Gelf Magazine - Looking over the overlooked

Sports

January 7, 2014

The Son Also Rises

Mark Howe had an exceptional hockey career, but as his co-writer Jay Greenberg notes, Mark will always be known as Gordie Howe's offspring.

Michael Gluckstadt

How can you be in the Hockey Hall of Fame and still be vastly underrated? Try being the son of the man they called Mr. Hockey. Mark Howe, son of the legendary Gordie, had a brilliant 16-year career in his own right and was one of the best two-way defensemen of his era. But the title of his autobiography, co-written with Jay Greenberg, reflects how many people will always think of him: Gordie Howe's Son.

Jay Greenberg
"The great irony is that Gordie's kid somehow ended up one of the most underrated players in the game's history."

Jay Greenberg

In the book, Gordie Howe's Son: A Hall of Fame Life in the Shadow of Mr. Hockey, Howe and Greenberg detail not just Mark's NHL career, but his relationship with his father, his friendship with teammates who have since passed away, playing under the iron control of Mike Keenan, and Mark's successful post-playing days with the Red Wings organization.

For Greenberg, a 42-year veteran sportswriter and member of the Hockey Hall of Fame himself, Howe was not the most willing subject. "He turned up his nose at the idea and said, 'I'm boring,' " Greenberg tells Gelf. But Howe came around, and the result is a vivid look inside the life and career of a player whose accomplishments very much stand on their own.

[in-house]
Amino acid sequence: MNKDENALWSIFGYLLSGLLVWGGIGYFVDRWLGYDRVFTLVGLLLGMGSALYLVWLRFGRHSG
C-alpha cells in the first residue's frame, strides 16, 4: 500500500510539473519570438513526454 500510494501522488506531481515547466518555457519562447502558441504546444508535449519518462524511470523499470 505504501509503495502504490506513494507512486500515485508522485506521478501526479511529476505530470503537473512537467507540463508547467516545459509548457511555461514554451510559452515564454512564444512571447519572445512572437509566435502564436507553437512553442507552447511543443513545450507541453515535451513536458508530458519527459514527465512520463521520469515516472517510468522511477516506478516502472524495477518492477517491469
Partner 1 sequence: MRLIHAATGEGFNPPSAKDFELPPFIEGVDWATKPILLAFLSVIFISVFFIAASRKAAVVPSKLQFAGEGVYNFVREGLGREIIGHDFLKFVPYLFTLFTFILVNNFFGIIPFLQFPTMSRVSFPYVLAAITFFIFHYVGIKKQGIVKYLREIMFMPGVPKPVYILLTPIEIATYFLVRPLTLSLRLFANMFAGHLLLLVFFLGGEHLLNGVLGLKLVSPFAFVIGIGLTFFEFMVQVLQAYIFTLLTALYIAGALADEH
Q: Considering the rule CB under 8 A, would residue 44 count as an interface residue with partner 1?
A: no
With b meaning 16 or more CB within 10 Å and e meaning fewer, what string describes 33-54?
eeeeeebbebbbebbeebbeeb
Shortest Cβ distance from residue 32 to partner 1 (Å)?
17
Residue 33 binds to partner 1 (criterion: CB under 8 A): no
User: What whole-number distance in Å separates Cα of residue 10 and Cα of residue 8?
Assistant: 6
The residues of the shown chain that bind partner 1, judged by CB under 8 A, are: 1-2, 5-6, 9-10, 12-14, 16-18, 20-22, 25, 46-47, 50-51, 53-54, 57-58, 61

In the following interview, which has been edited for clarity, Greenberg tells Gelf why he was confident Howe's life story would make for a good book, what he feels is the strongest part of the story, and which player's game reminds him most of Howe's.

Gelf Magazine: How did you come to write Mark Howe's autobiography?

Jay Greenberg: When I first approached Mark, he turned up his nose at the idea and said, "I'm boring." I knew better, so I asked him to think about it, then on the way home that night—I had asked him in the Flyers press box—I actually was the one who gave it more thought and realized I needed another approach.
I emailed to tell him it wouldn't be just a book about him, but it was a chance to honor his dad plus two deceased teammates—Pelle Lindbergh and Mark's former defense partner and best friend in hockey Brad McCrimmon(killed in the 2011 Russian plane crash). Mark thought more about it and agreed.
I told him the sample chapter would be about growing up as Gordie's kid and asked him to jot down any stories that popped into his head. He showed up for our first taping with a handwritten list two ledger pages long. Once Mark was in, he was really in. He could not have been more responsive and responsible.

Gelf Magazine: Did you have a relationship with Mark during his playing days?

Jay Greenberg: I was a Flyers beat guy for seven of the 10 years he played for them. We didn't socialize, but he was always available, interesting, and as honest as he could be in talking about the team and himself, which is why I was confident this would be a good book.